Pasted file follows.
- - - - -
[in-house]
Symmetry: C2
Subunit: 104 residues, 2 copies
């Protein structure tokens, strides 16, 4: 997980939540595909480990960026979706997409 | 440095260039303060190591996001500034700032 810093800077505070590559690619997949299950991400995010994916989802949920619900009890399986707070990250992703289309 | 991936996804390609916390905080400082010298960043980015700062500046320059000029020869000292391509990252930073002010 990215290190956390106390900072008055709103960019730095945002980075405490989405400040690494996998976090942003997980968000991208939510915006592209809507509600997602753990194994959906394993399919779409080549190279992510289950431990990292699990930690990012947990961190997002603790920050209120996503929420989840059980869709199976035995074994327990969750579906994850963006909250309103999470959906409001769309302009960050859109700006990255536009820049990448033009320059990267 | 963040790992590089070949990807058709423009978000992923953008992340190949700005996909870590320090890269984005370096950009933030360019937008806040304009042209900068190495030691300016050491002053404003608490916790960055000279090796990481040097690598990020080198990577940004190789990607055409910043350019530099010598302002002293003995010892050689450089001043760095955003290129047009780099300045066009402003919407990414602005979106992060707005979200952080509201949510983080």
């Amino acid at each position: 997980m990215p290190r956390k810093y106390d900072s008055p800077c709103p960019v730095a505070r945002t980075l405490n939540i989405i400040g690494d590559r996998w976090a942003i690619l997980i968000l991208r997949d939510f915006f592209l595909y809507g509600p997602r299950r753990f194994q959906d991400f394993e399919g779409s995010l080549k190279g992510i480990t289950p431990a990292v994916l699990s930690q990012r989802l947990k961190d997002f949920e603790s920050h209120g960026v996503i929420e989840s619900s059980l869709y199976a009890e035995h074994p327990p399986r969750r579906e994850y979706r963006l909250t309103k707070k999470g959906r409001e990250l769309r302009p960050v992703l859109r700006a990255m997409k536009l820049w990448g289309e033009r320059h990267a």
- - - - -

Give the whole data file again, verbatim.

[in-house]
Symmetry: C2
Subunit: 104 residues, 2 copies
């Protein structure tokens, strides 16, 4: 997980939540595909480990960026979706997409 | 440095260039303060190591996001500034700032 810093800077505070590559690619997949299950991400995010994916989802949920619900009890399986707070990250992703289309 | 991936996804390609916390905080400082010298960043980015700062500046320059000029020869000292391509990252930073002010 990215290190956390106390900072008055709103960019730095945002980075405490989405400040690494996998976090942003997980968000991208939510915006592209809507509600997602753990194994959906394993399919779409080549190279992510289950431990990292699990930690990012947990961190997002603790920050209120996503929420989840059980869709199976035995074994327990969750579906994850963006909250309103999470959906409001769309302009960050859109700006990255536009820049990448033009320059990267 | 963040790992590089070949990807058709423009978000992923953008992340190949700005996909870590320090890269984005370096950009933030360019937008806040304009042209900068190495030691300016050491002053404003608490916790960055000279090796990481040097690598990020080198990577940004190789990607055409910043350019530099010598302002002293003995010892050689450089001043760095955003290129047009780099300045066009402003919407990414602005979106992060707005979200952080509201949510983080």
């Amino acid at each position: 997980m990215p290190r956390k810093y106390d900072s008055p800077c709103p960019v730095a505070r945002t980075l405490n939540i989405i400040g690494d590559r996998w976090a942003i690619l997980i968000l991208r997949d939510f915006f592209l595909y809507g509600p997602r299950r753990f194994q959906d991400f394993e399919g779409s995010l080549k190279g992510i480990t289950p431990a990292v994916l699990s930690q990012r989802l947990k961190d997002f949920e603790s920050h209120g960026v996503i929420e989840s619900s059980l869709y199976a009890e035995h074994p327990p399986r969750r579906e994850y979706r963006l909250t309103k707070k999470g959906r409001e990250l769309r302009p960050v992703l859109r700006a990255m997409k536009l820049w990448g289309e033009r320059h990267a």